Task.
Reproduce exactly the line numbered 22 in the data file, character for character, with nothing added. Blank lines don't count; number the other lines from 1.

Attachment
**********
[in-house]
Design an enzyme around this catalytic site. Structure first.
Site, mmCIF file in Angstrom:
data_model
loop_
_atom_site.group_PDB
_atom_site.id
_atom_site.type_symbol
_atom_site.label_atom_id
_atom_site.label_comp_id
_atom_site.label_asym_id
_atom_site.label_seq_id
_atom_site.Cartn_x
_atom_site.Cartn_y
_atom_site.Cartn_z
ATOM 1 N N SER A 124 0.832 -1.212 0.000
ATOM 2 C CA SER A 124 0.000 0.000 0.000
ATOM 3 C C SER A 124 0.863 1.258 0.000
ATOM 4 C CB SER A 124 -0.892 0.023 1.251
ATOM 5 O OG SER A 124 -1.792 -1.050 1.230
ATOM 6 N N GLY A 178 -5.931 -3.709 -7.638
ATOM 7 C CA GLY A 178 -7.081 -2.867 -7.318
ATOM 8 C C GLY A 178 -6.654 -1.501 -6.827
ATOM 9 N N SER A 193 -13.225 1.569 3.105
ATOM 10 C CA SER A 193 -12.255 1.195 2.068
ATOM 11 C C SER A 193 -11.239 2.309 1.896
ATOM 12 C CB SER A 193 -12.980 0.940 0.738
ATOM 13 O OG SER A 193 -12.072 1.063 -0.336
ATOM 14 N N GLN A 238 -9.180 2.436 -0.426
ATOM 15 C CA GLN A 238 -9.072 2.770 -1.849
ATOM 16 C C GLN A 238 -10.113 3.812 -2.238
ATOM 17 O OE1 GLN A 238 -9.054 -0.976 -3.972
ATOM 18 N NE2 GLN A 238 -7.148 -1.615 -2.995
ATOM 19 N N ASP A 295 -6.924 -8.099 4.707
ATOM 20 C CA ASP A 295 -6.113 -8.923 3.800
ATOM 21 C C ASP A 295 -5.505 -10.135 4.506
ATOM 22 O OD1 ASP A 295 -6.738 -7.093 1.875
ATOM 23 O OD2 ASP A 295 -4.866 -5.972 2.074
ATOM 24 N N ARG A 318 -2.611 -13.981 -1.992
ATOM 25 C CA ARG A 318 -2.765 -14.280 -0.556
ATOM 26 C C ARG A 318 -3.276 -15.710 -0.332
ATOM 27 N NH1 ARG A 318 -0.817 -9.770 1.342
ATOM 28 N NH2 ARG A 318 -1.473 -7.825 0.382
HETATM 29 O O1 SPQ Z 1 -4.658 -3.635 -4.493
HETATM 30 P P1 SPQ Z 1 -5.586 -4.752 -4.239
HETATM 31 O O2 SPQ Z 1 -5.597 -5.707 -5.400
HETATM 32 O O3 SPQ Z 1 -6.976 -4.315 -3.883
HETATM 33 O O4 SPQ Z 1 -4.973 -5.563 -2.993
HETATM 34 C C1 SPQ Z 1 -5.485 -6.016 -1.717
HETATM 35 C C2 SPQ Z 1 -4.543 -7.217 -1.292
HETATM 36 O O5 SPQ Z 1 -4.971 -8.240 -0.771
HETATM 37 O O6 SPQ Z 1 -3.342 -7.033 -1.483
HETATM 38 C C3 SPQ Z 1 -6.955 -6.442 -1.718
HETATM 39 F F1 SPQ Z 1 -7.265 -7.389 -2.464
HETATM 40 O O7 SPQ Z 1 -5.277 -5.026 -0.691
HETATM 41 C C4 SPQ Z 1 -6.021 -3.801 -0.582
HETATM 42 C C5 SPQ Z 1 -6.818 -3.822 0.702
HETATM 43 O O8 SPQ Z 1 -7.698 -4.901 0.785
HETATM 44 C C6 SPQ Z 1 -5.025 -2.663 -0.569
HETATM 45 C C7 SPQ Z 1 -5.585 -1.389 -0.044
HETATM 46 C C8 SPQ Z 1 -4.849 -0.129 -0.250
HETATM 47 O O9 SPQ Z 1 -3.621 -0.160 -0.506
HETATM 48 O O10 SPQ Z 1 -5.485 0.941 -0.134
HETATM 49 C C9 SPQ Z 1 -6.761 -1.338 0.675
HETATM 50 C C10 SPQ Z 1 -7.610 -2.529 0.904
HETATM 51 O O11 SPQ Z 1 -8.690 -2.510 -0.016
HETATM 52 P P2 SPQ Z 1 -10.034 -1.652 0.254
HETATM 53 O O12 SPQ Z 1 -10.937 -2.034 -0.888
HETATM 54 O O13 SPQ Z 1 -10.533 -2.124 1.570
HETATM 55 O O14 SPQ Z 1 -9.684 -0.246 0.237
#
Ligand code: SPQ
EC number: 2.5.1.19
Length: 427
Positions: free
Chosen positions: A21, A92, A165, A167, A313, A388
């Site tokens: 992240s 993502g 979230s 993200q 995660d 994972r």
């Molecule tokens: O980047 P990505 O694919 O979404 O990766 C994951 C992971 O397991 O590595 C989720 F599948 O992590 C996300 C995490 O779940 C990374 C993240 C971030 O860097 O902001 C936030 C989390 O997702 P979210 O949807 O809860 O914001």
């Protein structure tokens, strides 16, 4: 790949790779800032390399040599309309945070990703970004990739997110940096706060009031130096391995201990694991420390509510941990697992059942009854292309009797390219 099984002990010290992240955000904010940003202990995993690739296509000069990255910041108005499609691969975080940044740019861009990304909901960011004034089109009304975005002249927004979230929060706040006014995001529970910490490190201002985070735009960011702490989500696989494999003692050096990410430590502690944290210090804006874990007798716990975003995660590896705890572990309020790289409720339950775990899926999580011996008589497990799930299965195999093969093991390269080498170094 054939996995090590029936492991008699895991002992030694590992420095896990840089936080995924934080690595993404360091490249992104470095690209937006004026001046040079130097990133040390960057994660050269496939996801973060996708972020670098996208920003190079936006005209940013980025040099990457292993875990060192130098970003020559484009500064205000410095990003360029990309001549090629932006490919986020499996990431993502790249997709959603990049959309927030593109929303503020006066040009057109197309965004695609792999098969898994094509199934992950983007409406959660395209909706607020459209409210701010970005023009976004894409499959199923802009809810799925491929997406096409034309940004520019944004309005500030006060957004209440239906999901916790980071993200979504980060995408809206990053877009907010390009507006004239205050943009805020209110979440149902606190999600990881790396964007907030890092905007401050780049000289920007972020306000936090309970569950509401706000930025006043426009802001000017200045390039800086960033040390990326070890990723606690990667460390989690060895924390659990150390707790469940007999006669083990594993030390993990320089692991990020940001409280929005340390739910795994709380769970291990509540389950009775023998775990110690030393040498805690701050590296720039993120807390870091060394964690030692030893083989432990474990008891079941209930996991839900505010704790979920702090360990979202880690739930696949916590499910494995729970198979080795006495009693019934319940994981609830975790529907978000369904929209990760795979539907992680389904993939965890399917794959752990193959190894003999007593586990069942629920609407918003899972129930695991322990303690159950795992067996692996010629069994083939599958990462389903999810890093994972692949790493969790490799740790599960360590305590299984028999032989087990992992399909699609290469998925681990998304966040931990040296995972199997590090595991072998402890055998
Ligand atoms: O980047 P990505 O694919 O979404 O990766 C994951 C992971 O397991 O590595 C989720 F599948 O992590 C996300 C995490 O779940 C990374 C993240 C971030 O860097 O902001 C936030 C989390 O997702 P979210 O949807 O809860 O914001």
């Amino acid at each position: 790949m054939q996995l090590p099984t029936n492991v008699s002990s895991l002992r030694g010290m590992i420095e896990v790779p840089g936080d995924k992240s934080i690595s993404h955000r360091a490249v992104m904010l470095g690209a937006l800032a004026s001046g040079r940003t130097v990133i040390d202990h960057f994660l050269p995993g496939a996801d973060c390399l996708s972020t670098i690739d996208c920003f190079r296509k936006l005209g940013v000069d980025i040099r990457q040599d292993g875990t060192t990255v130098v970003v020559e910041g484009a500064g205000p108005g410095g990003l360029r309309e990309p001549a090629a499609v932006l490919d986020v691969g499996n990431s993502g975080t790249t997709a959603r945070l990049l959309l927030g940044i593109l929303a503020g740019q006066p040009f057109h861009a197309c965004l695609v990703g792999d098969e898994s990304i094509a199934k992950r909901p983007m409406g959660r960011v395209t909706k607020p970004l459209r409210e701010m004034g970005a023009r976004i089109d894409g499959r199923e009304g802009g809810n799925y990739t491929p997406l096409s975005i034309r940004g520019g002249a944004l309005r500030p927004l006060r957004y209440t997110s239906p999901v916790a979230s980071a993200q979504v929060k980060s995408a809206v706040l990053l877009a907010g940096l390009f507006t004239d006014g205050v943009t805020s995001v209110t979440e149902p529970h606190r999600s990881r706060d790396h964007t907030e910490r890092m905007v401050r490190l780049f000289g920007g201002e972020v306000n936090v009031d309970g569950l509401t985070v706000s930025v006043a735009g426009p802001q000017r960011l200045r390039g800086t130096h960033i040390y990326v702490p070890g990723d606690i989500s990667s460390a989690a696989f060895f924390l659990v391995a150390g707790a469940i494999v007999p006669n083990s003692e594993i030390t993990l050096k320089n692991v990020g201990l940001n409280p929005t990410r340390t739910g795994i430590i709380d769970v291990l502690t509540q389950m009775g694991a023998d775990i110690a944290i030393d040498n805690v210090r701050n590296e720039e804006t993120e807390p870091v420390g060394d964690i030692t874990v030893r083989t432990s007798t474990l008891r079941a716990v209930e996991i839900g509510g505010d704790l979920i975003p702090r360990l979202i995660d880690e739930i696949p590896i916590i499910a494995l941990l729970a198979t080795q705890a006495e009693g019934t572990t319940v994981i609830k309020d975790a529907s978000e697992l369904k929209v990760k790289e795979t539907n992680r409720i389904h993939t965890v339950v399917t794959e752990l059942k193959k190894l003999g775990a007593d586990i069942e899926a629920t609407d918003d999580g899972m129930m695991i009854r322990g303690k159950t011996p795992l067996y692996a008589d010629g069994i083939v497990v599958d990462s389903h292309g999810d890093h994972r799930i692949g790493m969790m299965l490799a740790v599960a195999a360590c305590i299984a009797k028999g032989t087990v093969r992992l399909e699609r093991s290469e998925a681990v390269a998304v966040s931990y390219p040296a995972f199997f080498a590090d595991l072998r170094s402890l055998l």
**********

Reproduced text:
ATOM 7 C CA GLY A 178 -7.081 -2.867 -7.318